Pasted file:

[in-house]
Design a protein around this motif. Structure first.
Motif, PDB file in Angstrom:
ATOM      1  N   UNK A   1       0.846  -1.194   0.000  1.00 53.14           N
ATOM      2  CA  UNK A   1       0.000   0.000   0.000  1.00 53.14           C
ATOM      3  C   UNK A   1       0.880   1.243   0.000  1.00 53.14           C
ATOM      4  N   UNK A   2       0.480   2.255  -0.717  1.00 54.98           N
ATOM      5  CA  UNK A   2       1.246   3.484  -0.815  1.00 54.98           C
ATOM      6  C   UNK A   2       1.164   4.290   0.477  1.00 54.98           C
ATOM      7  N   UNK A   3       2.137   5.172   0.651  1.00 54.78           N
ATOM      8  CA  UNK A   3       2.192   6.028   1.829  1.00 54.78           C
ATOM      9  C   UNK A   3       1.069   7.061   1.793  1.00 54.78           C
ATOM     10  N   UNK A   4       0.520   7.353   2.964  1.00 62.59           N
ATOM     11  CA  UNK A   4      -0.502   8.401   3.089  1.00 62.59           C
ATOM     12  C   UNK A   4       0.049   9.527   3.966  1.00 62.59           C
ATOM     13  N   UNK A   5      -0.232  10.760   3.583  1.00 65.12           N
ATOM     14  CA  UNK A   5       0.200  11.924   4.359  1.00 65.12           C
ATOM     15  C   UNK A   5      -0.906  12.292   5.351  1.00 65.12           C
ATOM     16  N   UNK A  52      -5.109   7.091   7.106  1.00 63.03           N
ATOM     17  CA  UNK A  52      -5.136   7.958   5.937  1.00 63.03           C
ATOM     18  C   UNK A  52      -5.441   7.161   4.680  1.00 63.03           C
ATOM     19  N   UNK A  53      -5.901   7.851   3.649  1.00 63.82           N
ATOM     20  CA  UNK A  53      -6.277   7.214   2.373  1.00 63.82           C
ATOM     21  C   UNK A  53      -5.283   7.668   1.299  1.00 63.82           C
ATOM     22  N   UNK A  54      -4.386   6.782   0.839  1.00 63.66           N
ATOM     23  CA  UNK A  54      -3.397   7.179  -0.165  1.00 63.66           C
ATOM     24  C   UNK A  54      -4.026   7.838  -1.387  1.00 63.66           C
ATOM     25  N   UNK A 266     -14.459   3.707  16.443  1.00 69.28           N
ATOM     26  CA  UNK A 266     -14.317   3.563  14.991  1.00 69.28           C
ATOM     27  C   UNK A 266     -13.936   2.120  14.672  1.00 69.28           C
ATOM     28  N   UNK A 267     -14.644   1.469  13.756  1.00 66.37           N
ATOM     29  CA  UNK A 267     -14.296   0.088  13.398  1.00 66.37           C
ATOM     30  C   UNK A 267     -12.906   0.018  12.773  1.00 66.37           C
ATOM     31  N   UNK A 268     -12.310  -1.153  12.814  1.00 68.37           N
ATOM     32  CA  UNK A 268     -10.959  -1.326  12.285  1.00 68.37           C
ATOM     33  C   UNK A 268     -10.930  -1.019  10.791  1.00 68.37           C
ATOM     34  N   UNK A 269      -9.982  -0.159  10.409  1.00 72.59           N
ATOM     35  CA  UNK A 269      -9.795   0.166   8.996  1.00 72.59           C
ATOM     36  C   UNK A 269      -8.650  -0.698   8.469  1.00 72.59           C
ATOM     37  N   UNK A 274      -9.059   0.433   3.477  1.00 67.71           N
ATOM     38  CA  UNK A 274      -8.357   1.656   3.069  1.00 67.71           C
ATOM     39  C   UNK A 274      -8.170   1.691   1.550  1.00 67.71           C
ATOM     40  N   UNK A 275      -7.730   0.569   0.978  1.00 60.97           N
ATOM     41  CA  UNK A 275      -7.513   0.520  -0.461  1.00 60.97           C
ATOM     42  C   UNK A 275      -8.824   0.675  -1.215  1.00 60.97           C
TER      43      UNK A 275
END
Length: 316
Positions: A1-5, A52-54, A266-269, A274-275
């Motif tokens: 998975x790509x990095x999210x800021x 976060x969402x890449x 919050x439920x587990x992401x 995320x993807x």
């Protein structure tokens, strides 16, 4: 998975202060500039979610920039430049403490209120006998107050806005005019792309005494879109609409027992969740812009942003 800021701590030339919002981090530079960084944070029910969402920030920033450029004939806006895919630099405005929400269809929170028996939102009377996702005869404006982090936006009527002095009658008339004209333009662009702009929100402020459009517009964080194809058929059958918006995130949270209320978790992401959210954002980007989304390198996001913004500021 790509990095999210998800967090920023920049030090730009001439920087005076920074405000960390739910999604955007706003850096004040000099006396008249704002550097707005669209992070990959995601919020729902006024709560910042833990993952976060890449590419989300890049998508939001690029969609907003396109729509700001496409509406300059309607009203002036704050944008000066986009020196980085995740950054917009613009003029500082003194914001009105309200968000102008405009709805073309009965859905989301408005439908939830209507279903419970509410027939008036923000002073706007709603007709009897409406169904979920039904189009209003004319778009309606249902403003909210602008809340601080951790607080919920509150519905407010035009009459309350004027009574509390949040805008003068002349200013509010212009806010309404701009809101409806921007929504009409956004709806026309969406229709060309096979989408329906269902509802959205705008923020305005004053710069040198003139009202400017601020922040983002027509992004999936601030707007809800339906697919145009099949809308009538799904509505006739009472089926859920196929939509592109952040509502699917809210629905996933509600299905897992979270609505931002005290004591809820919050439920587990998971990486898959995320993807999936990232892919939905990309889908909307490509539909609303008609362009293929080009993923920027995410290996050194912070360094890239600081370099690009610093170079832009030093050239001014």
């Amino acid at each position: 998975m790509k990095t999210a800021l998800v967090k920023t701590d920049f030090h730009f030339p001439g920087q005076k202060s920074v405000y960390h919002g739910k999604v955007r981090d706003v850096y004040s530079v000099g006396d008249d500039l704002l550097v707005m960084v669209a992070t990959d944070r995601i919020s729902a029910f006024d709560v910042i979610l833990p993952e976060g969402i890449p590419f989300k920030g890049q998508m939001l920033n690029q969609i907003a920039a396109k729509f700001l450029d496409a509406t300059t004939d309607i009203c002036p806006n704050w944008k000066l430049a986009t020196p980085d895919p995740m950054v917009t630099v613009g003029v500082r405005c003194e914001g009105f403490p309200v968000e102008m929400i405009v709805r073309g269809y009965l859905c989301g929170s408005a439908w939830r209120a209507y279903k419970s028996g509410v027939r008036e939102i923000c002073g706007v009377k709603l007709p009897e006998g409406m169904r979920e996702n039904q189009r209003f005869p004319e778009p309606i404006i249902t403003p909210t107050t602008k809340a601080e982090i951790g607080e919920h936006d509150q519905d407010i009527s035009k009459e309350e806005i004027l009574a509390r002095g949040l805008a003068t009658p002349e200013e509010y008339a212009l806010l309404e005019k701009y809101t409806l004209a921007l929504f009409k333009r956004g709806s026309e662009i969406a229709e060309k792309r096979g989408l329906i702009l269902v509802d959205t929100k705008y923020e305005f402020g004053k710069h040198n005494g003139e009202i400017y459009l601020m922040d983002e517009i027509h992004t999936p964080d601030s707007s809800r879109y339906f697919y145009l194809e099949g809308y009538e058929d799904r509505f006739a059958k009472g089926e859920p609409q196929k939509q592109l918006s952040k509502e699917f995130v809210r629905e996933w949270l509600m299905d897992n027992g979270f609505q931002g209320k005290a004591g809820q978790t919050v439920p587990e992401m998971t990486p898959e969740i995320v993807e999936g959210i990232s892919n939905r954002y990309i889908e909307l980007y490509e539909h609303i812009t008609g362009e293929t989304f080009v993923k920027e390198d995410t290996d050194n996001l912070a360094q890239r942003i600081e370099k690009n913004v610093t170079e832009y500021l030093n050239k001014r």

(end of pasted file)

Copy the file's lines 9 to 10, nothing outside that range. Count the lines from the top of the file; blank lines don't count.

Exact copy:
ATOM      6  C   UNK A   2       1.164   4.290   0.477  1.00 54.98           C
ATOM      7  N   UNK A   3       2.137   5.172   0.651  1.00 54.78           N